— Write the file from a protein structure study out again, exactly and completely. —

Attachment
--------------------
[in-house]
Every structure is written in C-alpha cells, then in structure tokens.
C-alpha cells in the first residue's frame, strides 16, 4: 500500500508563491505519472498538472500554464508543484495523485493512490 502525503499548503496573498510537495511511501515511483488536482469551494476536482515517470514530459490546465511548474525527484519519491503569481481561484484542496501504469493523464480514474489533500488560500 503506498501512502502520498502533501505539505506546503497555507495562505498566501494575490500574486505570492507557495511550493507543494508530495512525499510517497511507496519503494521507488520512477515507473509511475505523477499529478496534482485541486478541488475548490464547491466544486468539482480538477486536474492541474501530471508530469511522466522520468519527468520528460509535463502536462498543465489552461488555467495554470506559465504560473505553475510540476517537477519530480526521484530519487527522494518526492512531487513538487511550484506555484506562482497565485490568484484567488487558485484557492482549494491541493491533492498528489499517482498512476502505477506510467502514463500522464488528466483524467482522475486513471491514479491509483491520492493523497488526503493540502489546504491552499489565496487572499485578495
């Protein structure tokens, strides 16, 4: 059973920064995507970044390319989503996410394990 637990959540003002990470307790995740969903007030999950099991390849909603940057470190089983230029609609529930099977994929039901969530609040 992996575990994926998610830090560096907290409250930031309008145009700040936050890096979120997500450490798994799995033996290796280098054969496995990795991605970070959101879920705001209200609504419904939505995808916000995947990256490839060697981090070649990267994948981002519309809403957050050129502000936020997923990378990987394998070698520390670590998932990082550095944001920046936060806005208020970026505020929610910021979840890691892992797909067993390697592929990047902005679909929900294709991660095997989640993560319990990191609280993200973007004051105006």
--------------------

[in-house]
Every structure is written in C-alpha cells, then in structure tokens.
C-alpha cells in the first residue's frame, strides 16, 4: 500500500508563491505519472498538472500554464508543484495523485493512490 502525503499548503496573498510537495511511501515511483488536482469551494476536482515517470514530459490546465511548474525527484519519491503569481481561484484542496501504469493523464480514474489533500488560500 503506498501512502502520498502533501505539505506546503497555507495562505498566501494575490500574486505570492507557495511550493507543494508530495512525499510517497511507496519503494521507488520512477515507473509511475505523477499529478496534482485541486478541488475548490464547491466544486468539482480538477486536474492541474501530471508530469511522466522520468519527468520528460509535463502536462498543465489552461488555467495554470506559465504560473505553475510540476517537477519530480526521484530519487527522494518526492512531487513538487511550484506555484506562482497565485490568484484567488487558485484557492482549494491541493491533492498528489499517482498512476502505477506510467502514463500522464488528466483524467482522475486513471491514479491509483491520492493523497488526503493540502489546504491552499489565496487572499485578495
């Protein structure tokens, strides 16, 4: 059973920064995507970044390319989503996410394990 637990959540003002990470307790995740969903007030999950099991390849909603940057470190089983230029609609529930099977994929039901969530609040 992996575990994926998610830090560096907290409250930031309008145009700040936050890096979120997500450490798994799995033996290796280098054969496995990795991605970070959101879920705001209200609504419904939505995808916000995947990256490839060697981090070649990267994948981002519309809403957050050129502000936020997923990378990987394998070698520390670590998932990082550095944001920046936060806005208020970026505020929610910021979840890691892992797909067993390697592929990047902005679909929900294709991660095997989640993560319990990191609280993200973007004051105006």